The number of patients who refuse clofazimine is not very large. Some patients, however, particularly young unmarried girls, refuse it because of the skin pigmentation and its social consequences. In such cases, the combination of rifampin, ofloxacin and minocycline as a convenient pulse regimen is effective in reducing the BI.

Regimens containing ofloxacin are found to increase the likelihood of reactions (4). Although reaction occurred twice in this patient, it was mild and was controlled with a course of low-dose prednisolone (20 mg tapered over 4 months) with no permanent residual nerve damage. Histology was that of an upgrading reaction, indicating an increase in cell-mediated immunity with the overall benefit of bacterial clearance and resolution of granuloma. However, further studies need to be carried out to closely monitor the frequency and severity of reac­tions and neuritis in patients on ROM.

In conclusion, this case highlights the operational ease of administration of a pulse ROM regimen in MB leprosy and its therapeutic efficacy in producing clinical improvement and bacterial killing, fall of Bl and resolution of the granuloma.

- Sujai Suneetha, M.B.B.S., D.C.P, Ph. D.


- Rajgopal Reddy, M.B.B.S.

Medical Officer
LEPRA India-Dlioolpet Leprosy Research Centre
and Blue Peter Research Centre
Hyderabad 501 301, India

Acknowledgment. The Dhoolpet clinic and BPRC are supported by (he Mycobacterial Research Division of NIMR. (MRC), U.K.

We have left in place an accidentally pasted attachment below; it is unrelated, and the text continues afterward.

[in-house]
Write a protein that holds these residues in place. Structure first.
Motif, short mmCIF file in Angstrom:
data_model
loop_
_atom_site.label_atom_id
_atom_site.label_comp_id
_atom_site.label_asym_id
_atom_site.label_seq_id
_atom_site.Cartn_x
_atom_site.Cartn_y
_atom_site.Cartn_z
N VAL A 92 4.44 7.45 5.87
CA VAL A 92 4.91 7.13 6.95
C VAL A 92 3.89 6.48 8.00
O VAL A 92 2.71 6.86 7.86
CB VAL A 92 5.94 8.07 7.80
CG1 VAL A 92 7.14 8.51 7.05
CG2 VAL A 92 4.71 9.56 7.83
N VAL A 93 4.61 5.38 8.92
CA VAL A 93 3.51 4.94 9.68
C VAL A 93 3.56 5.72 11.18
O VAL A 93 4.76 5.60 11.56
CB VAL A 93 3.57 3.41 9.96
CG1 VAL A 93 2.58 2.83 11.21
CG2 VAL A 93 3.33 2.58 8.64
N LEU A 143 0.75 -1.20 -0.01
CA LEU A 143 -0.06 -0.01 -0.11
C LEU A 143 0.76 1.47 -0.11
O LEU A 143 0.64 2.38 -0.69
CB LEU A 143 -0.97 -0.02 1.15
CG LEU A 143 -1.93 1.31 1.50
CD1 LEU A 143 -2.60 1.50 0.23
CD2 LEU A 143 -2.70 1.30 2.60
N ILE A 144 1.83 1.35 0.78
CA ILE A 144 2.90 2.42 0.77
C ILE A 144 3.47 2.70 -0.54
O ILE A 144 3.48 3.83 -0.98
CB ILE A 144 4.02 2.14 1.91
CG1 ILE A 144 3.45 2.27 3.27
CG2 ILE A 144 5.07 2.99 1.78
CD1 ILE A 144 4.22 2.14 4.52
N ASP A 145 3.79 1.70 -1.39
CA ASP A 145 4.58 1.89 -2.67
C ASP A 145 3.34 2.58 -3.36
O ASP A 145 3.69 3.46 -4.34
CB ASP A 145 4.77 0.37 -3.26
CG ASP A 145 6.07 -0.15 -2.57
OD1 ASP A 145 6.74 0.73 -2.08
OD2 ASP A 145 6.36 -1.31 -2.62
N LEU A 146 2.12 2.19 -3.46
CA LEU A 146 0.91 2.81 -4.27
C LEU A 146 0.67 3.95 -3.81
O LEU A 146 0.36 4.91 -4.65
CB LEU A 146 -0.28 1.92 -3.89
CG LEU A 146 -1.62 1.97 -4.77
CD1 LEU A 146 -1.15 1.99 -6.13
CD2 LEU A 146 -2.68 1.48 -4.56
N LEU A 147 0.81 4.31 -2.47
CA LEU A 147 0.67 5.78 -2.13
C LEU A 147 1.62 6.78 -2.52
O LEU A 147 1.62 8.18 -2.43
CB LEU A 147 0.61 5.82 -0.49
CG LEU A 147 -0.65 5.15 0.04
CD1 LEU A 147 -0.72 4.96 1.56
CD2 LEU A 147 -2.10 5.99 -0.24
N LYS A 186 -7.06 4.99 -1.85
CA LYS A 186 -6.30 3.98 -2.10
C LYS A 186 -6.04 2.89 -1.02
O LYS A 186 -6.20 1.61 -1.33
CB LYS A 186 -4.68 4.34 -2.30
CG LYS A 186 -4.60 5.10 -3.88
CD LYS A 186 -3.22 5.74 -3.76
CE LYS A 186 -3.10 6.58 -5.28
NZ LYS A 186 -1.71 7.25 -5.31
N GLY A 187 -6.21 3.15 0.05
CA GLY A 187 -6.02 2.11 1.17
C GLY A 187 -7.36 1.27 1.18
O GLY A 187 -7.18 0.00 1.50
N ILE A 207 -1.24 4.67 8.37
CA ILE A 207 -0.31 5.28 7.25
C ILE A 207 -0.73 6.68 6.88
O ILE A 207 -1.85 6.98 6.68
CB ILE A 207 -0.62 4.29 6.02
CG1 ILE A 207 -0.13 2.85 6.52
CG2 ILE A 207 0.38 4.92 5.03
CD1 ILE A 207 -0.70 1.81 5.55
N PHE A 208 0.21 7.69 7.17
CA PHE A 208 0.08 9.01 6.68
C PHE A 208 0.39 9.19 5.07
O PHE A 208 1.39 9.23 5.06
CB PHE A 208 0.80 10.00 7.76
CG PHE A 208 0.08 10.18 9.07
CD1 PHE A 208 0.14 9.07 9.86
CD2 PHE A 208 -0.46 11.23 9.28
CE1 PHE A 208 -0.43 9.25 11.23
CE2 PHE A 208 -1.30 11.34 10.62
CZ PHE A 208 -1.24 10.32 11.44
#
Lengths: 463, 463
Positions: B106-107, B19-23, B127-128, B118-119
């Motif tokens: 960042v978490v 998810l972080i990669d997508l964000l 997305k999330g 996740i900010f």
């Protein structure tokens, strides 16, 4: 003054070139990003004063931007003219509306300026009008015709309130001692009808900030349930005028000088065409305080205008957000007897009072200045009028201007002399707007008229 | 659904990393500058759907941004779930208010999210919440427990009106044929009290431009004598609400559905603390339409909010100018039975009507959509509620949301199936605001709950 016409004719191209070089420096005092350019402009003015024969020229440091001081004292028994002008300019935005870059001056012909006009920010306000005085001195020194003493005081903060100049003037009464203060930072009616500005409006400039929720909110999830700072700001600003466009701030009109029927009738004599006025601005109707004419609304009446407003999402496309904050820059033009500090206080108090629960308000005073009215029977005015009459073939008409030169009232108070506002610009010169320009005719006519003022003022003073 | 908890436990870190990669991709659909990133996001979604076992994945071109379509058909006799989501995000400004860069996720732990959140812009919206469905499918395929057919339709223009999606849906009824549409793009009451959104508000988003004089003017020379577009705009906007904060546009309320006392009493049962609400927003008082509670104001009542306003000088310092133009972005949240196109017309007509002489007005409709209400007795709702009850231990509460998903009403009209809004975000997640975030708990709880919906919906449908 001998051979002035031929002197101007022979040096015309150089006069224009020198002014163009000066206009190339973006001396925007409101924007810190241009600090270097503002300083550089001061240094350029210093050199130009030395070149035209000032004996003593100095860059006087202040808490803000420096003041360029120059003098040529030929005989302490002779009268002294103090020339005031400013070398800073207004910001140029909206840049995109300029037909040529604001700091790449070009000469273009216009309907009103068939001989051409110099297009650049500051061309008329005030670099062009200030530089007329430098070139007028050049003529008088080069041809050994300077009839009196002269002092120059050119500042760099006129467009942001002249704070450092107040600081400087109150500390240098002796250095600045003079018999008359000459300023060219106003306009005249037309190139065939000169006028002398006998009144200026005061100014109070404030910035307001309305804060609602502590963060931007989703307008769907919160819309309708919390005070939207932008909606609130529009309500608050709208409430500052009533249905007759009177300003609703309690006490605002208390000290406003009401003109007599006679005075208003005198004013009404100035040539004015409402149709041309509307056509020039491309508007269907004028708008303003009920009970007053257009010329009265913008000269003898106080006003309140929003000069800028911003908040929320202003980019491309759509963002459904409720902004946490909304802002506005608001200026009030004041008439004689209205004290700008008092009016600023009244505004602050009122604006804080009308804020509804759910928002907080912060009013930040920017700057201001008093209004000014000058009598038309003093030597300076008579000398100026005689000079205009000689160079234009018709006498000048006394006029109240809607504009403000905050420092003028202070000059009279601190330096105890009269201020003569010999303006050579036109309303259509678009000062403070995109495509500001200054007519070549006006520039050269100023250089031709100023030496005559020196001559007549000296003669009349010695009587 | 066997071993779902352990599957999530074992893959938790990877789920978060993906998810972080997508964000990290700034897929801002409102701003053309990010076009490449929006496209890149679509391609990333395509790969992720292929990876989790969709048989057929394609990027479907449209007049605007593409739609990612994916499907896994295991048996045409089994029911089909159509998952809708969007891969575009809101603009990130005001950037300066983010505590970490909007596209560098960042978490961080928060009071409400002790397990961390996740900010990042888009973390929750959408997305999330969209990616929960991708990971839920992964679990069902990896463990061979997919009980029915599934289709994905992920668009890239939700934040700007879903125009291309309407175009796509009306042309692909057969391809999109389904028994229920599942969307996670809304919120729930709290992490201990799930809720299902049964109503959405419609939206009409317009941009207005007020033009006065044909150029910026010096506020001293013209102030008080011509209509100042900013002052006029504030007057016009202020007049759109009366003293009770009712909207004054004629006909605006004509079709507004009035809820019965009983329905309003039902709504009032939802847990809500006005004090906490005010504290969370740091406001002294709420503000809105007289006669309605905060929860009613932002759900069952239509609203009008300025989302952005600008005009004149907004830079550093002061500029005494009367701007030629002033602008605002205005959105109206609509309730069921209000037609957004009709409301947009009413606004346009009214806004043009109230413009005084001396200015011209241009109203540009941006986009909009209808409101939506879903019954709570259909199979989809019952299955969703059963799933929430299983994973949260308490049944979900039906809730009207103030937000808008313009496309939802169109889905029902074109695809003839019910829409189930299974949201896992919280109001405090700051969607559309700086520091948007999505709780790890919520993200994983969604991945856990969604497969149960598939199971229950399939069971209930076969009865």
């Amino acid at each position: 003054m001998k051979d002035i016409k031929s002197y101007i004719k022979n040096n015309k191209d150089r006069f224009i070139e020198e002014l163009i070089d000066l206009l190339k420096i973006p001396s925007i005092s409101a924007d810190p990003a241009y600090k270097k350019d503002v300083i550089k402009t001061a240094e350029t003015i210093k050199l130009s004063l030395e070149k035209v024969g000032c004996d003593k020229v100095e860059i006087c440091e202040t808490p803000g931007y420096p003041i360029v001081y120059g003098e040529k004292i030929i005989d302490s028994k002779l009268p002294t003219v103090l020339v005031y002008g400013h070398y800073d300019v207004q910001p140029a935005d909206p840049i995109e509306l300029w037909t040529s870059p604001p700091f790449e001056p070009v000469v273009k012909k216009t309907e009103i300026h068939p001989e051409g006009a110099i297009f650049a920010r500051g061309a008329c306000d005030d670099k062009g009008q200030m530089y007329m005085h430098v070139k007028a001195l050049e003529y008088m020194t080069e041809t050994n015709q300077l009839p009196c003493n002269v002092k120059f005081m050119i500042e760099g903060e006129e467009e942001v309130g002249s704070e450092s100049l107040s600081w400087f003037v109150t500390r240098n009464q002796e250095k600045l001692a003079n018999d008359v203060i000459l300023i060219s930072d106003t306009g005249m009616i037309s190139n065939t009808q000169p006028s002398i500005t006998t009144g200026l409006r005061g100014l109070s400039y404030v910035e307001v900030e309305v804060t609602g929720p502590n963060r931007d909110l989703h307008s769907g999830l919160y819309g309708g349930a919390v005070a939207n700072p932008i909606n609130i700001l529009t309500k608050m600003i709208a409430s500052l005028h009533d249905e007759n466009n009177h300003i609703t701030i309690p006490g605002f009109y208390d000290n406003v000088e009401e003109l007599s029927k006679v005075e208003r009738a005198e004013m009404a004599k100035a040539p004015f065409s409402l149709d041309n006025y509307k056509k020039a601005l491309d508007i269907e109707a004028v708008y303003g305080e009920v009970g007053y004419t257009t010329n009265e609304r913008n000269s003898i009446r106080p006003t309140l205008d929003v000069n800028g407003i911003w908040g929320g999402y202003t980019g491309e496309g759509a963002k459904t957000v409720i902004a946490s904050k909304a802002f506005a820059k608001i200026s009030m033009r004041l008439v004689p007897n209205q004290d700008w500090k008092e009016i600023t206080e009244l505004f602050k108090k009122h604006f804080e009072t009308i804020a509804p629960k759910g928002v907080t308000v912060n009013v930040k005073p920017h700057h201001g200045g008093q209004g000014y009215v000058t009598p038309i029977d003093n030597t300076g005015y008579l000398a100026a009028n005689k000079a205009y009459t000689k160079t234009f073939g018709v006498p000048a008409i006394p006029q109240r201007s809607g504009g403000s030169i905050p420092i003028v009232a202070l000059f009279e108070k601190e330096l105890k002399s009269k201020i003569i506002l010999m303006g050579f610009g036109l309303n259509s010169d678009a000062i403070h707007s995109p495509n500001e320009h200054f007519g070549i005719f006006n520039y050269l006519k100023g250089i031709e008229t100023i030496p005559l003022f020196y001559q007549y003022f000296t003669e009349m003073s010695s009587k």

1. Ebenezer, G. J. and Job, C. K. Histological activity in paucibacillary leprosy patients after ROM therapy. Int. J. Lepr. 4( 1999)409-413.

2. Ji. B., Sow. S., Perani, E., Lienhardt, C., Diderot. V. and Grosset, J. Bactericidal activity of a single-dose combination of ofloxacin plus minocycline. with or without rifampicin, against Mycobacterium leprae in mice and in lepromatous patients. Antimicrob. Agents Chemother. 42( 1998)1115-1120.

3. Ramu, G. Single-dose rifampicin, ofloxacin and minocycline (ROM) therapy for single leprosy lesions. Lepr. Rev. 69(1998)78-82.

4. Rao, P. S., Ramachandran, A., Sekkar, B. and Ravi, S. Oflaxacin containing combined drug regimens in the treatment of lepromatous leprosy. (Abstract) Int. J. Lepr. 61( 1993)8A.

5. Single Lesion Multicenter Trial Group. Efficacy of single dose multidrug therapy for the treatment of single lesion paucibacillary leprosy. Indian J. Lepr. 69(1997)121-129.

6. World Health Organization. Drugs used in leprosy. Geneva: World Health Organization. 1998. WHO/DMP/DSI/98.1.

7. World Health Organization. MDT; questions and answers. Geneva: World Health Organization, 1997. WHO/DMP/DSI/97.8